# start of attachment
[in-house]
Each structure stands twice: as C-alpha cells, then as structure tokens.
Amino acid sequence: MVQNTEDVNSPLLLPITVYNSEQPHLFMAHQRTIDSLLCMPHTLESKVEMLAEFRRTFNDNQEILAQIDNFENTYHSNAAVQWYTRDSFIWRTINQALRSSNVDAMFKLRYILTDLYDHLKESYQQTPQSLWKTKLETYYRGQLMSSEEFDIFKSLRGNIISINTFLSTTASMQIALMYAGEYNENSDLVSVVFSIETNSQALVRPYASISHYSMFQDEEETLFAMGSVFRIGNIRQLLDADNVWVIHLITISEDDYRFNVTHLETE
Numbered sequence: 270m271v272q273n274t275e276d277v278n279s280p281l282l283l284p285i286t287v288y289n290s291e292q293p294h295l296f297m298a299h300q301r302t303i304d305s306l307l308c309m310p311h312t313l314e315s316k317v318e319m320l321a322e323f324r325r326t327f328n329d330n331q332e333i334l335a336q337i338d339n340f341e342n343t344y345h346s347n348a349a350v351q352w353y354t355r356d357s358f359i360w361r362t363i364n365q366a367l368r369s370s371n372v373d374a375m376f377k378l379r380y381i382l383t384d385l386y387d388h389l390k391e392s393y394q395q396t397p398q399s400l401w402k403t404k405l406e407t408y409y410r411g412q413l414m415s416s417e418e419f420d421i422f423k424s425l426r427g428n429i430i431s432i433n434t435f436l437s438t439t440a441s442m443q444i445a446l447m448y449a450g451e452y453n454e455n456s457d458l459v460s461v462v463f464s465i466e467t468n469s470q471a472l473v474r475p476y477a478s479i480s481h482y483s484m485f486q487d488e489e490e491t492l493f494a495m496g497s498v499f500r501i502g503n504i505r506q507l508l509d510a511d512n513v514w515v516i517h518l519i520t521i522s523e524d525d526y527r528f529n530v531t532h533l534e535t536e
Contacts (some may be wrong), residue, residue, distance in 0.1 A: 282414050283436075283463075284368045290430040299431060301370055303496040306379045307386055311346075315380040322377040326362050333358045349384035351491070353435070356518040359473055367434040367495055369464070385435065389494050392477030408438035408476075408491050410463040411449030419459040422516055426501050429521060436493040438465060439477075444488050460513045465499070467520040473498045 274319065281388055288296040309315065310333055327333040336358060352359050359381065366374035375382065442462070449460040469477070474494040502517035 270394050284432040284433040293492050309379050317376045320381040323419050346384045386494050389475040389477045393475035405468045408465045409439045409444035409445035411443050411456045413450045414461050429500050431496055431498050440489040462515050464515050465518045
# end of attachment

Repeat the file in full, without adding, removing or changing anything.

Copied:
[in-house]
Each structure stands twice: as C-alpha cells, then as structure tokens.
Amino acid sequence: MVQNTEDVNSPLLLPITVYNSEQPHLFMAHQRTIDSLLCMPHTLESKVEMLAEFRRTFNDNQEILAQIDNFENTYHSNAAVQWYTRDSFIWRTINQALRSSNVDAMFKLRYILTDLYDHLKESYQQTPQSLWKTKLETYYRGQLMSSEEFDIFKSLRGNIISINTFLSTTASMQIALMYAGEYNENSDLVSVVFSIETNSQALVRPYASISHYSMFQDEEETLFAMGSVFRIGNIRQLLDADNVWVIHLITISEDDYRFNVTHLETE
Numbered sequence: 270m271v272q273n274t275e276d277v278n279s280p281l282l283l284p285i286t287v288y289n290s291e292q293p294h295l296f297m298a299h300q301r302t303i304d305s306l307l308c309m310p311h312t313l314e315s316k317v318e319m320l321a322e323f324r325r326t327f328n329d330n331q332e333i334l335a336q337i338d339n340f341e342n343t344y345h346s347n348a349a350v351q352w353y354t355r356d357s358f359i360w361r362t363i364n365q366a367l368r369s370s371n372v373d374a375m376f377k378l379r380y381i382l383t384d385l386y387d388h389l390k391e392s393y394q395q396t397p398q399s400l401w402k403t404k405l406e407t408y409y410r411g412q413l414m415s416s417e418e419f420d421i422f423k424s425l426r427g428n429i430i431s432i433n434t435f436l437s438t439t440a441s442m443q444i445a446l447m448y449a450g451e452y453n454e455n456s457d458l459v460s461v462v463f464s465i466e467t468n469s470q471a472l473v474r475p476y477a478s479i480s481h482y483s484m485f486q487d488e489e490e491t492l493f494a495m496g497s498v499f500r501i502g503n504i505r506q507l508l509d510a511d512n513v514w515v516i517h518l519i520t521i522s523e524d525d526y527r528f529n530v531t532h533l534e535t536e
Contacts (some may be wrong), residue, residue, distance in 0.1 A: 282414050283436075283463075284368045290430040299431060301370055303496040306379045307386055311346075315380040322377040326362050333358045349384035351491070353435070356518040359473055367434040367495055369464070385435065389494050392477030408438035408476075408491050410463040411449030419459040422516055426501050429521060436493040438465060439477075444488050460513045465499070467520040473498045 274319065281388055288296040309315065310333055327333040336358060352359050359381065366374035375382065442462070449460040469477070474494040502517035 270394050284432040284433040293492050309379050317376045320381040323419050346384045386494050389475040389477045393475035405468045408465045409439045409444035409445035411443050411456045413450045414461050429500050431496055431498050440489040462515050464515050465518045